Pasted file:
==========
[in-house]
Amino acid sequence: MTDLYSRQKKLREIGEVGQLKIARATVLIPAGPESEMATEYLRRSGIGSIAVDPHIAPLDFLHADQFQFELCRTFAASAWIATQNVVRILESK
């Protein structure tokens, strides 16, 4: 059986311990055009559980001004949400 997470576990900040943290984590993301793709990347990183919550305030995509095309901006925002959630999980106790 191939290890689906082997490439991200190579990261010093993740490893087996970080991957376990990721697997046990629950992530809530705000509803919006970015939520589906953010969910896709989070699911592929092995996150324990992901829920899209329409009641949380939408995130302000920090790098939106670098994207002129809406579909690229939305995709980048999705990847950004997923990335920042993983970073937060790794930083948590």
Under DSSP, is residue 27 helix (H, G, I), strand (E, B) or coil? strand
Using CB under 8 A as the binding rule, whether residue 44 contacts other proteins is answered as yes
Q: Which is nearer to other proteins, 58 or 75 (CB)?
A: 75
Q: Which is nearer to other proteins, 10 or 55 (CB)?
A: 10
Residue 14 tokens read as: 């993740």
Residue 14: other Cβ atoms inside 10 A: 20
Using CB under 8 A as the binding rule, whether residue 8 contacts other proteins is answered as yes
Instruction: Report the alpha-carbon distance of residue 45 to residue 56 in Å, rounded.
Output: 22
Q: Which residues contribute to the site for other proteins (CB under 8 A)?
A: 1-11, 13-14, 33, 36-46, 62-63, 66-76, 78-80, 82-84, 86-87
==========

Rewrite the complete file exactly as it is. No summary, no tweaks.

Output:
[in-house]
Amino acid sequence: MTDLYSRQKKLREIGEVGQLKIARATVLIPAGPESEMATEYLRRSGIGSIAVDPHIAPLDFLHADQFQFELCRTFAASAWIATQNVVRILESK
């Protein structure tokens, strides 16, 4: 059986311990055009559980001004949400 997470576990900040943290984590993301793709990347990183919550305030995509095309901006925002959630999980106790 191939290890689906082997490439991200190579990261010093993740490893087996970080991957376990990721697997046990629950992530809530705000509803919006970015939520589906953010969910896709989070699911592929092995996150324990992901829920899209329409009641949380939408995130302000920090790098939106670098994207002129809406579909690229939305995709980048999705990847950004997923990335920042993983970073937060790794930083948590």
Under DSSP, is residue 27 helix (H, G, I), strand (E, B) or coil? strand
Using CB under 8 A as the binding rule, whether residue 44 contacts other proteins is answered as yes
Q: Which is nearer to other proteins, 58 or 75 (CB)?
A: 75
Q: Which is nearer to other proteins, 10 or 55 (CB)?
A: 10
Residue 14 tokens read as: 């993740």
Residue 14: other Cβ atoms inside 10 A: 20
Using CB under 8 A as the binding rule, whether residue 8 contacts other proteins is answered as yes
Instruction: Report the alpha-carbon distance of residue 45 to residue 56 in Å, rounded.
Output: 22
Q: Which residues contribute to the site for other proteins (CB under 8 A)?
A: 1-11, 13-14, 33, 36-46, 62-63, 66-76, 78-80, 82-84, 86-87